The Doctrine of the Trinity
Scripture provides two truth statements concerning who God is: “There is only one God” and “That one God exists in three persons, the Father, the Son, and the Holy Spirit”. These two statements appear to contradict each other, but they do not contradict. This is called a paradox. If the teaching is expressed as God is one, but not one; God is three, but not three, then this would be contradictory teaching, because one must be one. One cannot not be one! Three must be three. Three cannot not be three!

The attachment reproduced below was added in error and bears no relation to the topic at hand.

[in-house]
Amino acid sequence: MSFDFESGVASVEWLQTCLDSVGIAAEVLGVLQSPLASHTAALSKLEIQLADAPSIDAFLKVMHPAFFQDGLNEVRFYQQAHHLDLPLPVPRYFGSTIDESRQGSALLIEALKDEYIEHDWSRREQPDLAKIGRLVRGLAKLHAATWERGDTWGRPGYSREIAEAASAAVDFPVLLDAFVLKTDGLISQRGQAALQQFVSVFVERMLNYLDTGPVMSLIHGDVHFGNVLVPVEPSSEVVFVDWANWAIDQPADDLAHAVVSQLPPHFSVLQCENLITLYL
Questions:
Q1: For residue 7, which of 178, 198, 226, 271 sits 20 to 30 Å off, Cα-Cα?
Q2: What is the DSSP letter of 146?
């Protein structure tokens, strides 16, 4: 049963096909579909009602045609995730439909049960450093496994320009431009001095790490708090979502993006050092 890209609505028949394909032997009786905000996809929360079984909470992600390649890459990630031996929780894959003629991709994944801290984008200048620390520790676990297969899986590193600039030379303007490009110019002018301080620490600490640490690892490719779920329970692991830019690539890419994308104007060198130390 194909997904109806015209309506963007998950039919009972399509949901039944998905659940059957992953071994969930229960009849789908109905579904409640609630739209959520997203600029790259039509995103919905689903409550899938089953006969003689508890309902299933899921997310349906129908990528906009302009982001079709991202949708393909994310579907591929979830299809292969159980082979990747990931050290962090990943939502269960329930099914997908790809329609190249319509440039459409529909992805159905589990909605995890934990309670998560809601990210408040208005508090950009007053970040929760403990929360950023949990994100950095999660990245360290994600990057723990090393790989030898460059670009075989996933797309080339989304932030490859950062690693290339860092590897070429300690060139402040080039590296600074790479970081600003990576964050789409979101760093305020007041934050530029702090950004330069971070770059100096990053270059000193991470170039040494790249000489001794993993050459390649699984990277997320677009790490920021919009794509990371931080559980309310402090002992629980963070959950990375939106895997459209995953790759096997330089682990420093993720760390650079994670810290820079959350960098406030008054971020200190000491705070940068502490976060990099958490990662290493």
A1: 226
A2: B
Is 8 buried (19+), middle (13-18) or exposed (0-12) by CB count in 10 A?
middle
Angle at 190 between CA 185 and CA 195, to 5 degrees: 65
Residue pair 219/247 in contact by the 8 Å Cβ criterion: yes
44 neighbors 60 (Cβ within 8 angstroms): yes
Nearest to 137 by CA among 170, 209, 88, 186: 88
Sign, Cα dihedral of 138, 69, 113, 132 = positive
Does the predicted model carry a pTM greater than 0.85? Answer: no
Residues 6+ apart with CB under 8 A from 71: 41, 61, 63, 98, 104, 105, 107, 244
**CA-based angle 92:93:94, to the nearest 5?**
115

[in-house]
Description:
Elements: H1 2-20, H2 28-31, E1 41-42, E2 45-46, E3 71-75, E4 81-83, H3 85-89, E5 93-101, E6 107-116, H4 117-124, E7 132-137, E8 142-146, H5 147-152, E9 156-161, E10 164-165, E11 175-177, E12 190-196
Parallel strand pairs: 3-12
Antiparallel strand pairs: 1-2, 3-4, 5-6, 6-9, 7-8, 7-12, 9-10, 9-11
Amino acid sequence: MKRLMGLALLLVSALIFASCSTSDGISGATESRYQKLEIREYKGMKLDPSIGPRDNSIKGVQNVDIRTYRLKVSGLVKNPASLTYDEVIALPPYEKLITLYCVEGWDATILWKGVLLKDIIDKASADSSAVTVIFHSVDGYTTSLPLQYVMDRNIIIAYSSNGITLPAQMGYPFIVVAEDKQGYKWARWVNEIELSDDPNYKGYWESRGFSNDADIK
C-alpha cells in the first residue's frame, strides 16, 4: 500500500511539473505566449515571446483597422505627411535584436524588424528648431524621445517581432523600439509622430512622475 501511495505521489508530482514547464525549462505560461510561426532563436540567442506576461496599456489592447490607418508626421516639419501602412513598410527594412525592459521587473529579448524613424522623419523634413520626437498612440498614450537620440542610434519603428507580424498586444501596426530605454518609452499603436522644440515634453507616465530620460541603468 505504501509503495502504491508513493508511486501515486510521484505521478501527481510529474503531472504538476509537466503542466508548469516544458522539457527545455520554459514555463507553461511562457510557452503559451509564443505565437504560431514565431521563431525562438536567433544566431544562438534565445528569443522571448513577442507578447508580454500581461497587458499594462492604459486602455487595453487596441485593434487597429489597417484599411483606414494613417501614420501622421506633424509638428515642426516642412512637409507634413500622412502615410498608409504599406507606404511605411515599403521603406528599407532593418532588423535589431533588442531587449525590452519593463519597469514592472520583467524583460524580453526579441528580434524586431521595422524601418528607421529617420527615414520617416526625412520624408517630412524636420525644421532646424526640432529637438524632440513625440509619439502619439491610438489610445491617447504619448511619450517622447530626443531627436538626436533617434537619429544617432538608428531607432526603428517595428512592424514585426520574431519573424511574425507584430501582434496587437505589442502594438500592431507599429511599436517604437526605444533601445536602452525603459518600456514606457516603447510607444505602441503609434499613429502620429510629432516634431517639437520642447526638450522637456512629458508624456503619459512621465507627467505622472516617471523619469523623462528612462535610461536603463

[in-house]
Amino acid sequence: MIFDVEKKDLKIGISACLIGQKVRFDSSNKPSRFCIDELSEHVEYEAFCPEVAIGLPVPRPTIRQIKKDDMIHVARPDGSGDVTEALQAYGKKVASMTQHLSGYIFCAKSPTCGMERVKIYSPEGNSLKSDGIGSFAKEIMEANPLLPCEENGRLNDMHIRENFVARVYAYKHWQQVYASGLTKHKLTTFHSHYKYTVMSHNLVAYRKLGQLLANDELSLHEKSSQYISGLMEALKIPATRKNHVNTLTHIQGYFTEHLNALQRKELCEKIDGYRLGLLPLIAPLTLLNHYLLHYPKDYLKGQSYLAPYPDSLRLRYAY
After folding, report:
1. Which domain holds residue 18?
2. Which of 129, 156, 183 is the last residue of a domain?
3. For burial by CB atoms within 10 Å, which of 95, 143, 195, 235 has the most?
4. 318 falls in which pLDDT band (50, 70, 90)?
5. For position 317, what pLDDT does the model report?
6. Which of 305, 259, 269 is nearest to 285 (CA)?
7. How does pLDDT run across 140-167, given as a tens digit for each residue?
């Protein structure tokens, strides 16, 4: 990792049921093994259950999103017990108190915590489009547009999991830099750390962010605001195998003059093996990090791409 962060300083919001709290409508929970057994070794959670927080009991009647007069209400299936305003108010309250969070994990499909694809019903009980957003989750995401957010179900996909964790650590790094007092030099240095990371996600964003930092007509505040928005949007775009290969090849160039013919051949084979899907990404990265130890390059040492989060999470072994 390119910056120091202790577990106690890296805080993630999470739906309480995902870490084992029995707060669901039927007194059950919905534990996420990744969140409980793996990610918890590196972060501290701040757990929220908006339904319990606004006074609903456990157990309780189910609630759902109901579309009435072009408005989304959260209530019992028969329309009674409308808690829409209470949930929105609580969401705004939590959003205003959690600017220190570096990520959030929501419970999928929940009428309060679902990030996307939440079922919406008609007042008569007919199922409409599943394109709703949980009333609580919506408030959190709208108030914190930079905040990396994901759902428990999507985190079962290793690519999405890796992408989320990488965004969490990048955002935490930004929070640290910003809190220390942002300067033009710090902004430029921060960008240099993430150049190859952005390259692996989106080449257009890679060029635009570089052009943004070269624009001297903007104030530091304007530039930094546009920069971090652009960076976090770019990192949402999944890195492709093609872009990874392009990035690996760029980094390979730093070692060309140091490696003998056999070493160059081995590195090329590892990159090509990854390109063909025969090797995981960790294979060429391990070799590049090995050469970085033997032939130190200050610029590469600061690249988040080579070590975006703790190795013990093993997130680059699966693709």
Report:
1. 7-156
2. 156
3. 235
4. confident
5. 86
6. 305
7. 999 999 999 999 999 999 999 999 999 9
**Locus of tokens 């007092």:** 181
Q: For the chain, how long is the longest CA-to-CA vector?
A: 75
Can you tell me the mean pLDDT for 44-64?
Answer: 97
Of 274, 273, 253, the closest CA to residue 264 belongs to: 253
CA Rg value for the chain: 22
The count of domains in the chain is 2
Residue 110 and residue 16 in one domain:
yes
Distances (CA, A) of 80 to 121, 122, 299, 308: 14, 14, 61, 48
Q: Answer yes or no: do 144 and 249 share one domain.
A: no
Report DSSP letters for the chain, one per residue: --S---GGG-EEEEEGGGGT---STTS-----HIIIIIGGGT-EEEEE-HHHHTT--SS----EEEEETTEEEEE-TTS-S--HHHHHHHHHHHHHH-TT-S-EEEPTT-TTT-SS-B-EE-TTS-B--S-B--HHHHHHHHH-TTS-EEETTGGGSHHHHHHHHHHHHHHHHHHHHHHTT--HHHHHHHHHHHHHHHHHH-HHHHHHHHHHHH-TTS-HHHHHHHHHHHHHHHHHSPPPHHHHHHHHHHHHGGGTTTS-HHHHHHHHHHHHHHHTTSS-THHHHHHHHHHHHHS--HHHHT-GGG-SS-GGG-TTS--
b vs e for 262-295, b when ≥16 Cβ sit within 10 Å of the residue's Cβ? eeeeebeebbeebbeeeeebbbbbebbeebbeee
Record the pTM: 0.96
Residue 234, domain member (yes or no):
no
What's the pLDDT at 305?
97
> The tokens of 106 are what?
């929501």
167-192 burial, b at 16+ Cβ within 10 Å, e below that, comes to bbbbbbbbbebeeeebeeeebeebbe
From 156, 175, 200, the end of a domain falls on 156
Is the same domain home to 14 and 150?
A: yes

There isn’t a contradiction with the Trinity because essentially it is taught that God is one “what” and three “who’s”. The “what” is the divine substance, or essence, of God. Substance is the deity. There are three persons, the Father, the Son, and the Holy Spirit, who are one in substance. It could be expressed as saying that God is one (one divine substance) in three persons. The word person does not refer to being human either. Person simply refers to someone, not something, who is distinct and recognizable with a self-conscious, able to think and act on his own. It is with this understanding of “person” that the doctrine of the Trinity states that God is three in person and in substance.
The following video helps to illustrate this doctrine with citations to many verses from the Bible.